The Receptor That Tames the Innate Immune Response
Tissue injury, hypoxia and significant metabolic stress activate innate immune responses driven by tumor necrosis factor (TNF)-α and other proinflammatory cytokines that typically increase damage surrounding a lesion. In a compensatory protective response, erythropoietin (EPO) is synthesized in surrounding tissues, which subsequently triggers antiinflammatory and antiapoptotic processes that delimit injury and promote repair. What we refer to as the sequelae of injury or disease are often the consequences of this intentionally discoordinated, primitive system that uses a “scorched earth” strategy to rid the invader at the expense of a serious lesion. The EPO-mediated tissue-protective system depends on receptor expression that is upregulated by inflammation and hypoxia in a distinctive temporal and spatial pattern. The tissue-protective receptor (TPR) is generally not expressed by normal tissues but becomes functional immediately after injury. In contrast to robust and early receptor expression within the immediate injury site, EPO production is delayed, transient and relatively weak. The functional EPO receptor that attenuates tissue injury is distinct from the hematopoietic receptor responsible for erythropoiesis. On the basis of current evidence, the TPR is composed of the β common receptor subunit (CD131) in combination with the same EPO receptor subunit that is involved in ery-thropoiesis. Additional receptors, including that for the vascular endothelial growth factor, also appear to be a component of the TPR in some tissues, for example, the endothelium. The discoordination of the EPO response system and its relative weakness provide a window of opportunity to intervene with the exogenous ligand. Recently, molecules were designed that preferentially activate only the TPR and thus avoid the potential adverse consequences of activating the hematopoietic receptor. On administration, these agents successfully substitute for a relative deficiency of EPO production in damaged tissues in multiple animal models of disease and may pave the way to effective treatment of a wide variety of insults that cause tissue injury, leading to profoundly expanded lesions and attendant, irreversible sequelae.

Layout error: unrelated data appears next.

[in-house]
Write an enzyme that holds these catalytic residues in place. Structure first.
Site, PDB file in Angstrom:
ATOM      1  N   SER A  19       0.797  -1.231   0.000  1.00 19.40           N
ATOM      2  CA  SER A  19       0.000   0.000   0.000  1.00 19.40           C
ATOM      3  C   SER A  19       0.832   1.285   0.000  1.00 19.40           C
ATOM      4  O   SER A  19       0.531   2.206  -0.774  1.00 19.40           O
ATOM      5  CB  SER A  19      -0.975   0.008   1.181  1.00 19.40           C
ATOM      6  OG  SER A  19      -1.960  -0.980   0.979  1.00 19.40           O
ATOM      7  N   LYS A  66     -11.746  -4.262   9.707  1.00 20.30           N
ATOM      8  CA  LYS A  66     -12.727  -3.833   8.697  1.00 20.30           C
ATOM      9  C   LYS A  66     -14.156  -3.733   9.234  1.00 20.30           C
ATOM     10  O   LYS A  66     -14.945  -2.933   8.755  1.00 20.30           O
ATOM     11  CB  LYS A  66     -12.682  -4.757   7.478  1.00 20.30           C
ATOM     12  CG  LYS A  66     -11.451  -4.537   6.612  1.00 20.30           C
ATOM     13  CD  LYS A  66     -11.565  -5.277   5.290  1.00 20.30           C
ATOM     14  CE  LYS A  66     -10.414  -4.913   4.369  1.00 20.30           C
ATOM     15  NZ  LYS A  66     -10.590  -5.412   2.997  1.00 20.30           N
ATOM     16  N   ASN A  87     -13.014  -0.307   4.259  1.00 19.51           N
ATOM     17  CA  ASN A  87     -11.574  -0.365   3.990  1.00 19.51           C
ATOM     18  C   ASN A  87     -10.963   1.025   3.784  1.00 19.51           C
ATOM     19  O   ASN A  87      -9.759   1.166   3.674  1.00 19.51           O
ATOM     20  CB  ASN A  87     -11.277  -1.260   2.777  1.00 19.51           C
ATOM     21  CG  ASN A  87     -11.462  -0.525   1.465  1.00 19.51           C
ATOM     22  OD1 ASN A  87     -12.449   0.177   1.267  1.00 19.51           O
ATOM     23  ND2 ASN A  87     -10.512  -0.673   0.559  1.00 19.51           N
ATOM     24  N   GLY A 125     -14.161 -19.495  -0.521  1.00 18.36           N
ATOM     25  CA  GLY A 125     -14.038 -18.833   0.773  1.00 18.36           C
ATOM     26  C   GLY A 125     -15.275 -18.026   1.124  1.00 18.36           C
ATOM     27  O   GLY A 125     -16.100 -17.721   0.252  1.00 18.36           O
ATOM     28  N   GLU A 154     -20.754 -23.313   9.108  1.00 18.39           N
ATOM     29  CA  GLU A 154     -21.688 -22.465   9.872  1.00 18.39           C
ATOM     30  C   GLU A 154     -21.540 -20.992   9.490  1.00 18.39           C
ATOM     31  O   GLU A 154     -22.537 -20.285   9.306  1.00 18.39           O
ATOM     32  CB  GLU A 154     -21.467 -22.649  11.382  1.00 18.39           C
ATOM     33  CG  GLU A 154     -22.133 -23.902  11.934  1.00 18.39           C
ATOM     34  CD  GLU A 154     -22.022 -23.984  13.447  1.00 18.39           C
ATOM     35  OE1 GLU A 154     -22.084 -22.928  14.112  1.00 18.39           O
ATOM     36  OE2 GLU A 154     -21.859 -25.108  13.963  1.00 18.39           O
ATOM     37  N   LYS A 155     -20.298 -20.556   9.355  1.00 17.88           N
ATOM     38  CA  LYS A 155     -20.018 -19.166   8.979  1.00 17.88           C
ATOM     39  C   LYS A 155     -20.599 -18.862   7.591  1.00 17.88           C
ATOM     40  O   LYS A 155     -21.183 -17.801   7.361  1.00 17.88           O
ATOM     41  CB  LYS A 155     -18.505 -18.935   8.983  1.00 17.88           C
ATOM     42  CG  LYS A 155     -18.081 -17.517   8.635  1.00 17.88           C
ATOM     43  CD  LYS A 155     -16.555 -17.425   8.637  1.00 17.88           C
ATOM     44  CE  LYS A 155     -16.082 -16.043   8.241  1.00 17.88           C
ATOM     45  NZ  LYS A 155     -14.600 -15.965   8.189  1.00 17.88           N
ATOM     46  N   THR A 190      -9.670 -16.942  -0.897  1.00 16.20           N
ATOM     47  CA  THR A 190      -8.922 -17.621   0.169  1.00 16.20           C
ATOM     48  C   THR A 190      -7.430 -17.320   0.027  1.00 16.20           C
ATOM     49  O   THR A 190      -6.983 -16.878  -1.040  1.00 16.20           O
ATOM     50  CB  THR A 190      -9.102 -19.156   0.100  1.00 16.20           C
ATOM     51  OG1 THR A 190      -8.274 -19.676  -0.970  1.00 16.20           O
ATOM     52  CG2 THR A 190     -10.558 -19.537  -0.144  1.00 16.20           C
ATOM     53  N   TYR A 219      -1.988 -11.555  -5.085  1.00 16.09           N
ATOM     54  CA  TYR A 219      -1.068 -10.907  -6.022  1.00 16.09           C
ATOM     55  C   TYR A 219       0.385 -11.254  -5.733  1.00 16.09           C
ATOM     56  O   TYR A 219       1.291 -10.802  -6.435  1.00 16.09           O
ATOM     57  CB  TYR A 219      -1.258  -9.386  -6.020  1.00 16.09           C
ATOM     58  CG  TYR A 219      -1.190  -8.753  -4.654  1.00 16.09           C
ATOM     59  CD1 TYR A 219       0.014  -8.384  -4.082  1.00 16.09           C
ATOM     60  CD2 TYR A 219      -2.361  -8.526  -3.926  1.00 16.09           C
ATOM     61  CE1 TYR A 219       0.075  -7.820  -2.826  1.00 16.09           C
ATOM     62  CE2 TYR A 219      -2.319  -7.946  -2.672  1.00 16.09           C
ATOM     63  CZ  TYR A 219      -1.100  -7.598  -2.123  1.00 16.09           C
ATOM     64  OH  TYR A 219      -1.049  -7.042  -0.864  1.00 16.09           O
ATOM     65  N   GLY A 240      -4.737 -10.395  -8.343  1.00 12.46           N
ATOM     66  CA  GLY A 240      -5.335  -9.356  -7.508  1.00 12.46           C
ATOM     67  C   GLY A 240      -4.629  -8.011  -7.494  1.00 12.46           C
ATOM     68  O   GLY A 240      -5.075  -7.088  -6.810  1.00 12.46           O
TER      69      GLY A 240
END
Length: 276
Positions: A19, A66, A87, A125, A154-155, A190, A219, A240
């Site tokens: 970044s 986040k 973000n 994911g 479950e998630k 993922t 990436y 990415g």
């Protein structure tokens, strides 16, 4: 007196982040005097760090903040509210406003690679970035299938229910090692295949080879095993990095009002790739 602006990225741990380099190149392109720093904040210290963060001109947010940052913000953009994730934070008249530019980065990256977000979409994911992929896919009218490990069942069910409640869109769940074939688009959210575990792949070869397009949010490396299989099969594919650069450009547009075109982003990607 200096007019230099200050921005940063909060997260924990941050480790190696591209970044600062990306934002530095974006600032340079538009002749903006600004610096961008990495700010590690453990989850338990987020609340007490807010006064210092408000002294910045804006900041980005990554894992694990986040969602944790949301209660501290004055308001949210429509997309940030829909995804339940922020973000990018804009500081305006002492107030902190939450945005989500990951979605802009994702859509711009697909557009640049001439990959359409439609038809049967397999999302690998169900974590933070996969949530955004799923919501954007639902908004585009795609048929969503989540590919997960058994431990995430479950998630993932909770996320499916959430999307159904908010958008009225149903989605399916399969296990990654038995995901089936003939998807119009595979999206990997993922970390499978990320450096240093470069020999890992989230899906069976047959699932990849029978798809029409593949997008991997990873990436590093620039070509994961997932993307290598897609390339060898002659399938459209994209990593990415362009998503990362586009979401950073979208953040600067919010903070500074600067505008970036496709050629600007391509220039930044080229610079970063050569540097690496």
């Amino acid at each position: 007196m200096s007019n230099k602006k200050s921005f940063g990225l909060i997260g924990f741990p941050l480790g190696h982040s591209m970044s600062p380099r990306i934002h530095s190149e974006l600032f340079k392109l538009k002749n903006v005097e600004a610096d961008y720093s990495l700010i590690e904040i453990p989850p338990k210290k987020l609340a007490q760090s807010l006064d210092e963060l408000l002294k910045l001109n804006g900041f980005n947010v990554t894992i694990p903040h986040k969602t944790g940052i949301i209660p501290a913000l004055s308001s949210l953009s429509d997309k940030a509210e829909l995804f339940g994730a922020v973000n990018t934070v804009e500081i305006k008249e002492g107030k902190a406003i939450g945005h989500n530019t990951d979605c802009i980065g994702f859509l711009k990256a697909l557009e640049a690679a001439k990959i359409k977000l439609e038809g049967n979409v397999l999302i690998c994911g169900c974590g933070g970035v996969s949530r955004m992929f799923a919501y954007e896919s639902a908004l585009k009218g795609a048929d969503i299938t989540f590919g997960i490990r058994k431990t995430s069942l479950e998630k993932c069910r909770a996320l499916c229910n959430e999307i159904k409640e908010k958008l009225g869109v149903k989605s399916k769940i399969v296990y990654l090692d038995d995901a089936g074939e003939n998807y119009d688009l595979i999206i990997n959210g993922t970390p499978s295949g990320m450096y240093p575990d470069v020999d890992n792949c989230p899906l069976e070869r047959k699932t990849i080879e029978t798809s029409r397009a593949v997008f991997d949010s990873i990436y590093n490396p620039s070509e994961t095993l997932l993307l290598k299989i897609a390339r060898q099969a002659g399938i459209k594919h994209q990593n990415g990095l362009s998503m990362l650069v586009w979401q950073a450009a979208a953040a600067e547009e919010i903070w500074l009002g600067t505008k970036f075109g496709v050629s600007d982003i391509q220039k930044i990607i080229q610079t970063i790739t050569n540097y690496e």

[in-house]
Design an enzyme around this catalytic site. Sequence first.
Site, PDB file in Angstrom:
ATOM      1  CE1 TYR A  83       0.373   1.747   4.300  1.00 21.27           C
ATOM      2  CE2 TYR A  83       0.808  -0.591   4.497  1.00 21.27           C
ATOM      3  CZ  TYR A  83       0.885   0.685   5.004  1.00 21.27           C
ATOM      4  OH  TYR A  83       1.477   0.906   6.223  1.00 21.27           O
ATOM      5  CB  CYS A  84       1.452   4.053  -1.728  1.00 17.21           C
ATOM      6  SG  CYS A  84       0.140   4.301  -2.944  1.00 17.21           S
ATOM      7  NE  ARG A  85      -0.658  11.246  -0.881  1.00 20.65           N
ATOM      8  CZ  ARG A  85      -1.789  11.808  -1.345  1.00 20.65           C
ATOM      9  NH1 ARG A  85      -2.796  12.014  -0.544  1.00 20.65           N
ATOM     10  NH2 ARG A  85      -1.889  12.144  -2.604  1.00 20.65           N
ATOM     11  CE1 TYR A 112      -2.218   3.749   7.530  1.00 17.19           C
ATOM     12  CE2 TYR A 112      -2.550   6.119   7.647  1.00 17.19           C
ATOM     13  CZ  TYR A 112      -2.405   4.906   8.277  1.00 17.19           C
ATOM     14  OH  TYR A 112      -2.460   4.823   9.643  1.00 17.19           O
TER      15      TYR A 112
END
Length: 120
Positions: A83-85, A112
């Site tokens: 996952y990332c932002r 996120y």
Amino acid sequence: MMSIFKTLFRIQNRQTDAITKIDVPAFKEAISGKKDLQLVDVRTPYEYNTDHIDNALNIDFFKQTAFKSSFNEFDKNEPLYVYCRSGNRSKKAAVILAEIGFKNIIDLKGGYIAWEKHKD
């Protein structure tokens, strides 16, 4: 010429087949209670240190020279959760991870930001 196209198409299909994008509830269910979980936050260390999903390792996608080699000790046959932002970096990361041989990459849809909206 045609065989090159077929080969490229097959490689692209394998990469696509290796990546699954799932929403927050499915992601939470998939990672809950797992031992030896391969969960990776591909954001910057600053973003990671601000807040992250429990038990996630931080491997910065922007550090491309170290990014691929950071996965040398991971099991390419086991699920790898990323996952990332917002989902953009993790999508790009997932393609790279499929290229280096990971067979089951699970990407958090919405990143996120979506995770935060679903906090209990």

We thank Michael Yamin for his comments and suggestions about this manuscript.
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